10. But since "renewable energy" is not stable, scalable or economically viable, oil is must be!
  11. It's worse than that - 1% of 90,000 is only 900, not 9,000.
  12. Inflation from 1950s to 2010s is about that. So in real terms, the cost of concrete has not gone up that much. Labour has gone up, largely because of labour shortages and unionization. The fact we struggled in North America to convince young people to go into the trades instead of seeking university degrees in useless fields is part of the problem. We made blue-collar work "unattractive". A bigger problem is labour productivity - the on tool time for workers on large project sites has fallen from 50% to 20% in the last 25 years. There are numerous reasons for this, but many major construction sites have lots of people standing around waiting for instructions or materials. It is unfortunately that industry has gotten so bad at planning how to execute major capital projects, but the asset owners bear a lot of the blame.
  13. The number of people hoodwinked into supporting the Council of Canadians is irrelevant. Millions of Germans joined the National Socialist German Workers Party too. You believe the economy should be controlled by the government? As if that has worked anywhere it has been tried.
  14. That was his problem. Anti-americanization. He had a nearly fictional view of what Canada was and where we came from. He fully bought into the post-war socialism of Tommy Douglas, Lester Pearson, Pierre Trudeau and others. He and Maude Barlow first became voices in the political scene after Mulroney was elected, because they couldn't stand the idea of the free market.
  15. The Chevron GORGON LNG project in Australia has cost somewhere between 56-70 Billion dollars. So it dwarfs these costs. Nuclear plants should be cheaper than they used to be - because the technology has improved. But regulatory timelines make it impossible to be economic. Think about it. Right now, if you wanted to build a nuclear plant in North America, you'd better plan on 12-20 years to startup, and construction won't start for 7-14 years. Why? Regulatory requirements. The first nuclear reactors built at Hanford were designed, constructed and started up in about 18 months between 1943 and 1945. And those were done when we weren't even sure how it would work... Hanford was a horrendous design, to be sure, but it worked. A lot of the construction can be automated - this is already happening in other industries. Materials haven't gotten more expensive. It's all about time to market and the amount of money wasted to do paperwork. All because people get "scared" of something they don't understand. Only two nuclear plants have had catastrophic accidents that affected the environment outside the fenceline. One was a bad design with bad operators (Chernobyl), the other was a decent design with a couple of flaws exposed by a natural disaster (Fukushima). Nuclear SHOULD have a far great ROI than it does, but it falls down because the time to first revenue is too far away.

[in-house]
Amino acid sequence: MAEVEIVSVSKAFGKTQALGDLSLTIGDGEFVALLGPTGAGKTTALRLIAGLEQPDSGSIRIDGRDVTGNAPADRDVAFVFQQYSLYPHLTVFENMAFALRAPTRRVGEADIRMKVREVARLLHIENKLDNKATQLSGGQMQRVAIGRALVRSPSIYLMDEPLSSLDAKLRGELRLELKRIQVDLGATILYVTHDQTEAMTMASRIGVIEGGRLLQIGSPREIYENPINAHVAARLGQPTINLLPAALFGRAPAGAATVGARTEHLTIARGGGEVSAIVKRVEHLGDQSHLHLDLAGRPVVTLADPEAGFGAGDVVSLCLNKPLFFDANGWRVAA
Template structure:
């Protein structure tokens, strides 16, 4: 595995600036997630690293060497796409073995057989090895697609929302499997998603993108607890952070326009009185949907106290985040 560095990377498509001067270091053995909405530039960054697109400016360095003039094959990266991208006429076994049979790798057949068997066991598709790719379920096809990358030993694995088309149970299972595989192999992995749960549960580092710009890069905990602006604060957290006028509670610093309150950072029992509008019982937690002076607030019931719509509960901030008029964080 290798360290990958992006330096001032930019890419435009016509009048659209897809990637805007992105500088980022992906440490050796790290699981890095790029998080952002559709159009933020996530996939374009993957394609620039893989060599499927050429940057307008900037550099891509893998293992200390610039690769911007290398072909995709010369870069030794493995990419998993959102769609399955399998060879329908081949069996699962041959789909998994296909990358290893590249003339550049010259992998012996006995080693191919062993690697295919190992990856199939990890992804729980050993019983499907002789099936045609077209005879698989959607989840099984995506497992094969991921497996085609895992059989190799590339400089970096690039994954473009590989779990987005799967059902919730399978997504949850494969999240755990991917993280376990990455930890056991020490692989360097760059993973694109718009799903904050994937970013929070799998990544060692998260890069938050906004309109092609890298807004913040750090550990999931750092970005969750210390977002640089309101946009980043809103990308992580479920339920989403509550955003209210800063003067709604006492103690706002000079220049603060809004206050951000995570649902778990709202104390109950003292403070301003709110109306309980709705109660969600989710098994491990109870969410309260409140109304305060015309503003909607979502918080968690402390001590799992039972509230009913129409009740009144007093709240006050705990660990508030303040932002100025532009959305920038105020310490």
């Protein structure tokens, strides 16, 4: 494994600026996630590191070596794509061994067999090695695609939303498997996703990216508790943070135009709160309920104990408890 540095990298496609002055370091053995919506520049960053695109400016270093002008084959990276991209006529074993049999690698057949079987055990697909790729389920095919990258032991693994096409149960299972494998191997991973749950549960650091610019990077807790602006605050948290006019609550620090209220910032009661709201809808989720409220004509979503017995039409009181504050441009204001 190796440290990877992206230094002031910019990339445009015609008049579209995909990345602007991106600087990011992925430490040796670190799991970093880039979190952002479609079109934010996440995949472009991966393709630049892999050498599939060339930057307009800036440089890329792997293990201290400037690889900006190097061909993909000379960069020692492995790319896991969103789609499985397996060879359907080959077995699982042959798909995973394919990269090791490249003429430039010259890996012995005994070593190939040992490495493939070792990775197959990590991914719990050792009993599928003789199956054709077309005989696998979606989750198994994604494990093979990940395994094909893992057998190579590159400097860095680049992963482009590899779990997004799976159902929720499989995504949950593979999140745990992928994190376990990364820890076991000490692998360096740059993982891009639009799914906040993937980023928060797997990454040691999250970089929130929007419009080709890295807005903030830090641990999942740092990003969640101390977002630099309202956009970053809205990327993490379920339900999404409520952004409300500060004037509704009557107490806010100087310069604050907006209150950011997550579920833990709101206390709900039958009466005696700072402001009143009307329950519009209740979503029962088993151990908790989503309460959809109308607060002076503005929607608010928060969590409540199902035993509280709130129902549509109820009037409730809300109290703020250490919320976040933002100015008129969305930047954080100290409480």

16. If you want another great, but short, book, get a hold of The Law, by Frederic Bastiat. Written the 1840s, still and excellent discussion of the place of law in democratic society.
  17. This new plan to force SCOC jurists to be bilingual will dramatically reduce the pool of candidates. If you look at the recent history of Supreme Court justices, many very good ones were unilingual when they came to the court, and very few every became bilingual enough to work without translation. This change will basically drive out every lawyer that didn't grow up in Quebec, the Ottawa Valley or Acadia. Bilingualism is a NICE TO HAVE, not a necessity on the SCOC. Competence is the number one priority (regardless of region, language, gender or ethnic background).
  18. I won't miss Mel. His creation of the Council of Canadians was nothing more than nationalist, socialist commune where those who didn't understand economics ranted and raved about the evils of America and business people.
  19. But provinces can impose trade restrictions on other provinces, which US states cannot. In the US, interstate trade is clearly controlled by the feds, and other than some product regulations (i.e. California does this), states can't prevent the import of services or materials from another state. In Canada, we have dramatic restrictions on the movement of goods, services and labour internally. It is often easier for a business in one province to trade with the US than it is to trade internally.